Task Accountability is the project management activity associated with ensuring the successful completion of project activities.
When to use
Task Accountability is required from all project team members. When a task is completed, it should be checked by another team member, normally a Core Team member, to ensure successful completion.
High-risk tasks are often tracked with detailed “mini-deliverables” to monitor the progress. Low-risk tasks are often tracked simply by ensuring the required resources are in place and working on the task.
On some projects, technical reviews will also be used to check on the successful completion of the project activities. These reviews are conducted by an independent team of experts or stakeholders. These reviews are either major project milestones or Sprint Demos at the end of a Sprint.
When working with vendors or suppliers on unique project tasks, a work authorization process is often used to direct and control the effort at the supplier.
Task Accountability Steps
- Task requirements for quality, schedule, and cost are normally set during project planning and incorporated into the task description. This may occur at the beginning of the project or at the beginning of the phase in which the task will be accomplished.
- The start of the task and completion of the task should be reported at the project pulse meeting.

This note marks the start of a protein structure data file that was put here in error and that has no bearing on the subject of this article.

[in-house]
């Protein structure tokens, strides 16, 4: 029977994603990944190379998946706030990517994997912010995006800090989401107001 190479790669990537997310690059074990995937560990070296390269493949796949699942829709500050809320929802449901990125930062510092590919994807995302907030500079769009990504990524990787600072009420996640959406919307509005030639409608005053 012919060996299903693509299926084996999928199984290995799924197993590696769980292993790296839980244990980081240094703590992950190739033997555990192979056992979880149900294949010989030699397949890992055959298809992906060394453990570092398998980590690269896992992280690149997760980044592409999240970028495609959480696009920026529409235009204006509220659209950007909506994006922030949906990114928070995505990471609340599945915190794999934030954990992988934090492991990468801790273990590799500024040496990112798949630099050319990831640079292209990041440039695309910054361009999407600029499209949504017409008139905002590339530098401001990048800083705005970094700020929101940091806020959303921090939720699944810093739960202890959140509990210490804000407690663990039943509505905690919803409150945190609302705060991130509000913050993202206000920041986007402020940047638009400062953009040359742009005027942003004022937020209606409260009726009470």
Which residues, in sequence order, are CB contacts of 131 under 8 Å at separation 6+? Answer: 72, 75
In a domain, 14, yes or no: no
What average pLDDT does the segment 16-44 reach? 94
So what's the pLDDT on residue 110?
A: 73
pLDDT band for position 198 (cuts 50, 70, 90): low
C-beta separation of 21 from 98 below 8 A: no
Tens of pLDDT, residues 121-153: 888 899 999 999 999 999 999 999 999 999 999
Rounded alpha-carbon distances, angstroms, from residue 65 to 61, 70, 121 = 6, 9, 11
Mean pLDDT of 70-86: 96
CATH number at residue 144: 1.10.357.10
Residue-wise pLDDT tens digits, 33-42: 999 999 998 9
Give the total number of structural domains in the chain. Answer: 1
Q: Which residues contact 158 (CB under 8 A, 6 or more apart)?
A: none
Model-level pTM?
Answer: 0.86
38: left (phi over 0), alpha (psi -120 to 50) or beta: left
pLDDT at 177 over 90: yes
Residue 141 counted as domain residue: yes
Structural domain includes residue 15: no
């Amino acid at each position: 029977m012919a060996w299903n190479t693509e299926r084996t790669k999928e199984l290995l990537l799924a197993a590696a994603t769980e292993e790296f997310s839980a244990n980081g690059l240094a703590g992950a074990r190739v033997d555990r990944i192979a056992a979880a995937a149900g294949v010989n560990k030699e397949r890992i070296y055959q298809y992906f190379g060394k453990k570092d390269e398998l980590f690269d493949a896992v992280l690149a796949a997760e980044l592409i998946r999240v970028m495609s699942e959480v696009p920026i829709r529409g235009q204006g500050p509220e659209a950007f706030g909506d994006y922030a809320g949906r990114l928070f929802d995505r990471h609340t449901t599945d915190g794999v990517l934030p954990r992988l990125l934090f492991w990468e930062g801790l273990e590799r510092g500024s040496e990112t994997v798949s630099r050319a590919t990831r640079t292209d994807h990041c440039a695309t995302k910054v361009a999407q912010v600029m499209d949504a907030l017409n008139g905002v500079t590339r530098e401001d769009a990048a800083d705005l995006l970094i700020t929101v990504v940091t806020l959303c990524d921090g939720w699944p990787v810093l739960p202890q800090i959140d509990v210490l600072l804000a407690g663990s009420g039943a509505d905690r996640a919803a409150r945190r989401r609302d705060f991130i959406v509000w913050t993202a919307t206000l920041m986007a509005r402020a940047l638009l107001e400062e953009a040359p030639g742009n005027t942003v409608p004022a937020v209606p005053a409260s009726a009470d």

- Following task completion, a Core Team member should meet with the task leader to review the task results and check for completeness.
- When required, a Technical Review will be held to check for the completeness of a group of tasks that comprise a technical deliverable on the project.
Hints & tips
- Establish a standard practice in your project that every task will be reviewed by a Core Team member. This is not meant to be a personal “performance review,” rather it is a double check of team members to be sure that nothing is accidentally forgotten or overlooked.
- Do the Core Team member review as soon as the task is complete because the work is fresh in the task leader’s mind and they can quickly answer questions.
- If possible, have the Core Team member who will be using the result of the task in their next task conduct the review.
- When working with suppliers and vendors on unique tasks, the work authorization process will help to keep them in sync with the project. Otherwise, they may get ahead of the project team and do work that will need to be repeated – and they will charge to do it twice.
- The level of task risk should determine whether to monitor a task with “mini-deliverables” or “level of effort.” Risk may be because of technical complexity, organizational complexity, skill or experience of individuals conducting the task, time urgency, or resource scarcity.
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